Miami Beach is a unique city in so many ways. It is one of the youngest cities in America – and perhaps right now one of the most vibrant and dynamic. Its streetscape is characterized by a lively walkable urban fabric with a friendly human scaled environment under the cool shade of tropical trees and art deco canopies – except at the convention center. It is a dead black hole of asphalt in the heart of one the most beautiful and lively cities in America. Our mission is to bring Miami Beach back to the Convention Center – and to imagine an architecture and an urban space unique to the climate and culture of Miami Beach. Continue reading BIG with West 8, Fentress, JPA propose Miami Beach Square
In line with international trends, value-based development contradictions form the urbanistic discussions in Hungary, especially concerning Budapest. Continuous expansion of urban areas and development of road systems are major challenges for the capital. Simultaneously, the increasing exhaustion and elimination of green areas embracing the city decreases their environmental potential.
Viceroy Anguilla, a 35-acre resort at the west end of the island of Anguilla, is positioned to take advantage of its unique setting, boasting over 3,000 feet of beach frontage across two bays. Interiors blend seamlessly with exteriors as open walkways and courtyards provide views of the water as well opportunity for relaxing and socializing. Creative use of a limited planting palette was achieved through site sketches and hands on design in the field.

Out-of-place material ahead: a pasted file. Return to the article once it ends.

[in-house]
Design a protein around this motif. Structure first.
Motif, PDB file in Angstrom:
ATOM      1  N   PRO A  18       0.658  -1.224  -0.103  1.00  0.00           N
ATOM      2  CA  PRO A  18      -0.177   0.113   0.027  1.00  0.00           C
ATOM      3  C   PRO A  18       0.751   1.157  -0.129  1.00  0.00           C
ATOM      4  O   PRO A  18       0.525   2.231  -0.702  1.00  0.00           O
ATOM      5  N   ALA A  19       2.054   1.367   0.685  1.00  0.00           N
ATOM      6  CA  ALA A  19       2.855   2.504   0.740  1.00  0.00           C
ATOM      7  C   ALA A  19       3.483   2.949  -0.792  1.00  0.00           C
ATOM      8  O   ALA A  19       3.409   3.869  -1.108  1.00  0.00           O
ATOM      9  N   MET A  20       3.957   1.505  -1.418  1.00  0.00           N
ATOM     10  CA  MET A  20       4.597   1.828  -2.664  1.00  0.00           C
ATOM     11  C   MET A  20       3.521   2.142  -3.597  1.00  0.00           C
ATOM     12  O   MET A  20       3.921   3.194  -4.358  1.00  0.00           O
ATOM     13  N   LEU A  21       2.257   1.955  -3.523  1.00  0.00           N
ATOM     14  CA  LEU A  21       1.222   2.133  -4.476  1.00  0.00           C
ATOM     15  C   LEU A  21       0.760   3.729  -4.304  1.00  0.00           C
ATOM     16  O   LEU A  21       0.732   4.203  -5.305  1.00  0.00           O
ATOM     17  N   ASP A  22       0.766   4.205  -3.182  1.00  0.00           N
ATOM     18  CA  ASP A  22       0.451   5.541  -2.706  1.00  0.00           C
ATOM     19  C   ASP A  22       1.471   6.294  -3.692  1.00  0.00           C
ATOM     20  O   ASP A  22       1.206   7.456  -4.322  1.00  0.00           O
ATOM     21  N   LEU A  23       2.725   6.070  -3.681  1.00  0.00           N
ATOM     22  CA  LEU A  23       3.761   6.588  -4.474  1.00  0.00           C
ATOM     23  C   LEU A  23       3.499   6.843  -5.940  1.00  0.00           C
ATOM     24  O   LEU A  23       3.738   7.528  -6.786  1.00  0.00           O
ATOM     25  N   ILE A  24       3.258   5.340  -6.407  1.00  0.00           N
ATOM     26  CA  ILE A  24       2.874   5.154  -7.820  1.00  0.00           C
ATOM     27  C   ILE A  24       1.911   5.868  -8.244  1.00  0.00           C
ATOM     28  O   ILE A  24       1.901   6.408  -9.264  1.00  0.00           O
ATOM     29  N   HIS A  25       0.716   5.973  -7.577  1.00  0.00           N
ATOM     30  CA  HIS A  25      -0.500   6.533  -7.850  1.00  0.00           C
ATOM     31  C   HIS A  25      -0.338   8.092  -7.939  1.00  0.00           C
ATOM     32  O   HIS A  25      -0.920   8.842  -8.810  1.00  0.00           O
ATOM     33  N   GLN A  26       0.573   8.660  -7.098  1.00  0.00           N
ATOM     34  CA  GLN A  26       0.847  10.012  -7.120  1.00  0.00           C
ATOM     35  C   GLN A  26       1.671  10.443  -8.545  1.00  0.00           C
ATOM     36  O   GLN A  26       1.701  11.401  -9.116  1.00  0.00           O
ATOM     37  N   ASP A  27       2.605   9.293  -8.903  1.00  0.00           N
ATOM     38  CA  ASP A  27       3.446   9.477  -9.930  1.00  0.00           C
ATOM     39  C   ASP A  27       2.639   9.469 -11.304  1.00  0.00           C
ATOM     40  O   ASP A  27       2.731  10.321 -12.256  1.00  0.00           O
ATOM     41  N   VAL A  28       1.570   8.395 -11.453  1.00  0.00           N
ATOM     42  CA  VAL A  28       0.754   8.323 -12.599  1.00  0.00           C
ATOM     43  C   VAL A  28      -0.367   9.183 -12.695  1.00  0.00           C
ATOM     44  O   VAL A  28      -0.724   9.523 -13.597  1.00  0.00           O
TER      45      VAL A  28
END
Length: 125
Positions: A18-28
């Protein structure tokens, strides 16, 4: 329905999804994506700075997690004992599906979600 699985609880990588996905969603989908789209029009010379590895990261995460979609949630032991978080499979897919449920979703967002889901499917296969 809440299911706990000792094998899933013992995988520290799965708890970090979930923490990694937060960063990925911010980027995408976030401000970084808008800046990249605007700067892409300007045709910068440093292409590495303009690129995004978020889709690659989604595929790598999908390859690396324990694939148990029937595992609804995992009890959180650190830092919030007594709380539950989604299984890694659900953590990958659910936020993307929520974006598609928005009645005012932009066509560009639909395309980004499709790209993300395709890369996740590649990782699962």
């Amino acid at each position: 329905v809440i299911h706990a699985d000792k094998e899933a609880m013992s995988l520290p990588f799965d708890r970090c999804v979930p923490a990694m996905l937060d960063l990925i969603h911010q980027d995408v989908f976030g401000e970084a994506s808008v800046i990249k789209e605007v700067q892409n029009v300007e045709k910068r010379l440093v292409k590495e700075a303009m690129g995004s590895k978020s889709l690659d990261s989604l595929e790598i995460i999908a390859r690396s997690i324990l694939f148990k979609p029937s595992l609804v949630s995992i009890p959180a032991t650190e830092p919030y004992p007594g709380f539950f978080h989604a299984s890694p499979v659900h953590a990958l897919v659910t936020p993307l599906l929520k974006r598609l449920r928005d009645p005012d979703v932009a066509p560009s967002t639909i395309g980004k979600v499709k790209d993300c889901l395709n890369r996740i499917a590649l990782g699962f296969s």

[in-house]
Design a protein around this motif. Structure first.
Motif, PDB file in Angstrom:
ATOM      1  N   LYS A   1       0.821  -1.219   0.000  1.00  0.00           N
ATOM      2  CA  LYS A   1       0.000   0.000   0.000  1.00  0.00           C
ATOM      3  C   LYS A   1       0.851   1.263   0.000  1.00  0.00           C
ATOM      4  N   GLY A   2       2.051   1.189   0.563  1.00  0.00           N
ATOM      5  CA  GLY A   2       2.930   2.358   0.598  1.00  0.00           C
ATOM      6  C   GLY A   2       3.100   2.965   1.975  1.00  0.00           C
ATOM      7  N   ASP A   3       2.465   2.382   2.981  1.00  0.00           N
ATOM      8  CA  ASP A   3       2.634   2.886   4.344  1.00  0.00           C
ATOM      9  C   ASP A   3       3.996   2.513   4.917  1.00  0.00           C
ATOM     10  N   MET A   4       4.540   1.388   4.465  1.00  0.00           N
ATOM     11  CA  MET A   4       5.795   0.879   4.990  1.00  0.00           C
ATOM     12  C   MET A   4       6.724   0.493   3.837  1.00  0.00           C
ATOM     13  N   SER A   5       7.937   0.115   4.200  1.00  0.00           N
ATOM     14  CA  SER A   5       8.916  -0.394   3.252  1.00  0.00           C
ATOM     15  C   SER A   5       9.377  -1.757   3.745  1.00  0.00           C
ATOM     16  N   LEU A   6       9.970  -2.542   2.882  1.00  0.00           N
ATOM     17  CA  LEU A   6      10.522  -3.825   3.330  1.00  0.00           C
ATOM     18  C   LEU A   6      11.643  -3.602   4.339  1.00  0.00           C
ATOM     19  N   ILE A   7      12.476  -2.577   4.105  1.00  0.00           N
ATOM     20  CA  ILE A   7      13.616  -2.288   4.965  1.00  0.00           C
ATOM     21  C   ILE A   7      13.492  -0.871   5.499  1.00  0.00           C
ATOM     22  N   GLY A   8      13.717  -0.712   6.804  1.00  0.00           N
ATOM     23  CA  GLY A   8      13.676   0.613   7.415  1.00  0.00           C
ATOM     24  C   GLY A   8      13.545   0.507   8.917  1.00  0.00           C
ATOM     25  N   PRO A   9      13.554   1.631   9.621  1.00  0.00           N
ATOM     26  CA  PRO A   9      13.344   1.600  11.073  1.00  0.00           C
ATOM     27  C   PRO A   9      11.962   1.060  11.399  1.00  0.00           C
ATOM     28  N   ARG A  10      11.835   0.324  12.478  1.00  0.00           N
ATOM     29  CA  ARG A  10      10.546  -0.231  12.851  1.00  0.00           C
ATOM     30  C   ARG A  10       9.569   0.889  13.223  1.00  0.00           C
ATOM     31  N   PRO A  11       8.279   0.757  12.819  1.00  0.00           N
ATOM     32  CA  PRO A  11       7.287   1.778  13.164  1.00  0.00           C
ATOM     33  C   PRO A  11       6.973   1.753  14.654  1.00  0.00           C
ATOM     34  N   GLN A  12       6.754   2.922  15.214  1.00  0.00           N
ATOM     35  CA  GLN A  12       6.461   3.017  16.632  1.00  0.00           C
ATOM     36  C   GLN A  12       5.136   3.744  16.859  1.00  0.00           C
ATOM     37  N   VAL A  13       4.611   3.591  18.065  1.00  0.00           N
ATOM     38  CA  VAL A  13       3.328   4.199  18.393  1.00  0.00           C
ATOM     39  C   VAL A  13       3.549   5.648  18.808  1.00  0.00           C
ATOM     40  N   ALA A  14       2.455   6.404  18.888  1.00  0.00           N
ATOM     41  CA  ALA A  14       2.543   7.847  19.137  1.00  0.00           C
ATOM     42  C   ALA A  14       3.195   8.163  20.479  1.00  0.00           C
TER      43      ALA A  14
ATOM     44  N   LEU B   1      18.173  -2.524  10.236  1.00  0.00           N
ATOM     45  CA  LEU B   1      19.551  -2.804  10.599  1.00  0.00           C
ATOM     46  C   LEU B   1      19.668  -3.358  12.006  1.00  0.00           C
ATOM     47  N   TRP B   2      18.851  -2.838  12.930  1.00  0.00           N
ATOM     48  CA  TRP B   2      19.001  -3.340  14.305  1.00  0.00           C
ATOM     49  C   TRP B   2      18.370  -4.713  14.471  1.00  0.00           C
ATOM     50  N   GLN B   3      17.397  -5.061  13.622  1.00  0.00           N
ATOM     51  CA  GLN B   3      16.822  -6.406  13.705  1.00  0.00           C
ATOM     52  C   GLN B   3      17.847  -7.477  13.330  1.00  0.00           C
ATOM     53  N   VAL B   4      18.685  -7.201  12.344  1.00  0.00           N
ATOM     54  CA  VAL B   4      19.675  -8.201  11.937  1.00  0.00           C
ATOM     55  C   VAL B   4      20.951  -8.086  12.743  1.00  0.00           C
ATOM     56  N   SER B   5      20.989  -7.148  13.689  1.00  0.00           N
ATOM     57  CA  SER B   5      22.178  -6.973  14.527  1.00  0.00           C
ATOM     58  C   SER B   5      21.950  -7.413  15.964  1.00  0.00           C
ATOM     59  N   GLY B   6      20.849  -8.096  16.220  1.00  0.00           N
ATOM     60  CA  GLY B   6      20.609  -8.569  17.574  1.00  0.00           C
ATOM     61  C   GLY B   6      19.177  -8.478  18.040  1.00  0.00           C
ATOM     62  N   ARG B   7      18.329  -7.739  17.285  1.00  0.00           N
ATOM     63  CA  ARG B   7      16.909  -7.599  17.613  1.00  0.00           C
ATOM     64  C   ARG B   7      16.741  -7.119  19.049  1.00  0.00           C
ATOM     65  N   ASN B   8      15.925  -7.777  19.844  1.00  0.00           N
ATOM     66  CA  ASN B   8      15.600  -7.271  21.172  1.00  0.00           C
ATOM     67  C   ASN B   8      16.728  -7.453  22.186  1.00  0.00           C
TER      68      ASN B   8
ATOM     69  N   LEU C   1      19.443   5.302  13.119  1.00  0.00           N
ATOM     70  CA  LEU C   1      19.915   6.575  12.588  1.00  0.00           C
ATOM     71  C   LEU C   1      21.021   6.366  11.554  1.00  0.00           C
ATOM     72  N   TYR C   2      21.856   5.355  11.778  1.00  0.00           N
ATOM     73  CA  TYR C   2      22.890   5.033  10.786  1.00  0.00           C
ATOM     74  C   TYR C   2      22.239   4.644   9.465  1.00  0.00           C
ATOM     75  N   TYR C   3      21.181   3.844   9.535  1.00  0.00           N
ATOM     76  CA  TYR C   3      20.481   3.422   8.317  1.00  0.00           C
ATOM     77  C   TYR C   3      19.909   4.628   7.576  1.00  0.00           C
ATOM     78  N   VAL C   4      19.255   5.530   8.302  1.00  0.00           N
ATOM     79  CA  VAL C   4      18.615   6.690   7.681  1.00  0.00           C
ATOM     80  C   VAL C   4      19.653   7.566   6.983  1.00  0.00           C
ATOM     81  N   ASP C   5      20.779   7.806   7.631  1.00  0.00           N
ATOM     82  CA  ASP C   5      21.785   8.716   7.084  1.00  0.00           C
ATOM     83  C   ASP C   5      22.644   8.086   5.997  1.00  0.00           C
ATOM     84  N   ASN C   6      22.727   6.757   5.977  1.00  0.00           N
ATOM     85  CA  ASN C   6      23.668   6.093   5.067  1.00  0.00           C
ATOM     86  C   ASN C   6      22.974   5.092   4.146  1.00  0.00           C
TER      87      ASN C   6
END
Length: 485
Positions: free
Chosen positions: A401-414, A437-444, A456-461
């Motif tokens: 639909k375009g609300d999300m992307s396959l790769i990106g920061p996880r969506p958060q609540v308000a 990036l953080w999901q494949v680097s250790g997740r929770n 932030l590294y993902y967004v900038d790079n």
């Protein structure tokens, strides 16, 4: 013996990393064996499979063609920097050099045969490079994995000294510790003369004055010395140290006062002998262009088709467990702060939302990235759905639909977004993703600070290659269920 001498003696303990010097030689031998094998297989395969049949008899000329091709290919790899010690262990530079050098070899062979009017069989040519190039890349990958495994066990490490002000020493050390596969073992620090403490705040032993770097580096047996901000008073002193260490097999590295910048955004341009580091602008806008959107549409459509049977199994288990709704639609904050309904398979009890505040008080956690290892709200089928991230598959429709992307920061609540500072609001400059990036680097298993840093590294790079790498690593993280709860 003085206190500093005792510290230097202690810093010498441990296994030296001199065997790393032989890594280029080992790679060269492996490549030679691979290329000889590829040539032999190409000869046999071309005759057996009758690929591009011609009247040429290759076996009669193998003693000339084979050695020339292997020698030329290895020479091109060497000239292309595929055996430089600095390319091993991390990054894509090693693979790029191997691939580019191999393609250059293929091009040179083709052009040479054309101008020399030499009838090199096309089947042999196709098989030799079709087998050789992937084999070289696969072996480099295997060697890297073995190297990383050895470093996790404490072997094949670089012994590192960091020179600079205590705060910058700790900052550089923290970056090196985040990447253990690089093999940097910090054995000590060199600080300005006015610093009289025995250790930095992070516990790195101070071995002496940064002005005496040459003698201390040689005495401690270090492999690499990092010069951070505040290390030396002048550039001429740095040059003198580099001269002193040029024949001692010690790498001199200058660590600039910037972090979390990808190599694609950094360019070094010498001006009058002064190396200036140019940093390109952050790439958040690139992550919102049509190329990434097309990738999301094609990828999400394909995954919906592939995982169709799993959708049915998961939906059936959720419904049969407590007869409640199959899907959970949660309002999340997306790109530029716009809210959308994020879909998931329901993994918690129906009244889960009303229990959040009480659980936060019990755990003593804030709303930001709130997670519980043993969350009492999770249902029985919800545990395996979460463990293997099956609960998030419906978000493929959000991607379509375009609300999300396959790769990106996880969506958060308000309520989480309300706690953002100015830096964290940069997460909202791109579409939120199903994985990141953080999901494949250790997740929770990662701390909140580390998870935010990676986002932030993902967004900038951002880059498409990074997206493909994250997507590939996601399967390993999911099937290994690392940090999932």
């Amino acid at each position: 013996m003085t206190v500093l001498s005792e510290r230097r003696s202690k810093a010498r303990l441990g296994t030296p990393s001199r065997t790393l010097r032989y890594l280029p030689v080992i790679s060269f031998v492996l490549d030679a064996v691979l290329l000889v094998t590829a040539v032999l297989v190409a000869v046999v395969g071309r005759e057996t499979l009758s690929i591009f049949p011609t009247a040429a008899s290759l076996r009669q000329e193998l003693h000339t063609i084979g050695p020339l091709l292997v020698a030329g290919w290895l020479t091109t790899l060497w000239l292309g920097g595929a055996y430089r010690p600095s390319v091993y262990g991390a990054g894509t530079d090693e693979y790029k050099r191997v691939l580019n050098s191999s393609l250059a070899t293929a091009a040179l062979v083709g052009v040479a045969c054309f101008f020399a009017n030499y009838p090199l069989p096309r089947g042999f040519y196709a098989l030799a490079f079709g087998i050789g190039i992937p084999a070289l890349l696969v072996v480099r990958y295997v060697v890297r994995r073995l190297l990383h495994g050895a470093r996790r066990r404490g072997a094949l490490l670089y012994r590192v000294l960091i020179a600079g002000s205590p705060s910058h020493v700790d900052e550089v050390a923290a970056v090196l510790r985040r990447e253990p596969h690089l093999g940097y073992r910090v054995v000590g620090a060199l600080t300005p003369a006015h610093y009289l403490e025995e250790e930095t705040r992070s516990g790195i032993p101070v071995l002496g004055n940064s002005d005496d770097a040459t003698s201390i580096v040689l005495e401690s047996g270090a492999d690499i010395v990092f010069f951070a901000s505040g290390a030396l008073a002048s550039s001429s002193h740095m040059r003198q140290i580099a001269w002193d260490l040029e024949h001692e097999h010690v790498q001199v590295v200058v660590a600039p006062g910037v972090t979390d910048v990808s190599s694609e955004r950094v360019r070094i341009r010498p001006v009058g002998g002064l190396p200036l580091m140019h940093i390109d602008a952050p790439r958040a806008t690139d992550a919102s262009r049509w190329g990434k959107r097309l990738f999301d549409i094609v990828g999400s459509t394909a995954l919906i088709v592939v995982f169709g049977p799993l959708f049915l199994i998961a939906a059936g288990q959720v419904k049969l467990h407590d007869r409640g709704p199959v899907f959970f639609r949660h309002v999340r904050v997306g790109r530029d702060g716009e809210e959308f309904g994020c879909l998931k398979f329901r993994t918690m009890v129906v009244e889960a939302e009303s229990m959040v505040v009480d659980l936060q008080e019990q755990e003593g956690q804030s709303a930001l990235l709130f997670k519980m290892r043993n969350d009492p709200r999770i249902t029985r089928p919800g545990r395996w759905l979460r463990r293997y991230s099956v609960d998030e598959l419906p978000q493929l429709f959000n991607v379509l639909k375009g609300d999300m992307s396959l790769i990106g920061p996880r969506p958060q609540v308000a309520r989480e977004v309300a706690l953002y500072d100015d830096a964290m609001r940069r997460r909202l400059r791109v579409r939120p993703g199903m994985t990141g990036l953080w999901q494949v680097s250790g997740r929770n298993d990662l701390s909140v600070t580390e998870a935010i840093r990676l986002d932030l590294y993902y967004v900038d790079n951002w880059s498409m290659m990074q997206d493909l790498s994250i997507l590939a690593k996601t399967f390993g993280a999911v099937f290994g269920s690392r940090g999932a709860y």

Morgan’s Pier is a restaurant on the west bank of the Delaware River in Philadelphia. Its owners wanted it to have a relaxed backyard feel that would encourage patrons to linger and enjoy its amenities: “We see ourselves as a connection to Center City—a place you can spend 12 hours at.” Groundswell Design Group developed a project that reflects the desires of the owners and respects the conditions of the restaurant’s waterfront setting.
One of the five programmed “Attractor Parcels” of Henning Larsen Architect’s urban master plan, the KAFD Conference Center emerges as an iconic structure within the District’s southern terminus to its central public “Wadi” landscape. In collaboration with the Center’s architect – SOM, HM White has led its scientific team to design and implement this fusion of landscape and structure. The landscape design re-introduces native arid grasses and flora into a large scale public space setting. These indigenous plant communities spatially organize and blur the boundaries between the building’s undulating “exoskeleton” skin and its surrounding structural desert landscape. Arabian Peninsula meadow desert grasses and trees emerge as the connective tissue and establish an appropriately scaled expansive campus landscape. Continue reading King Abdullah Financial District Conference Center | Riyadh Saudi Arabia | HM White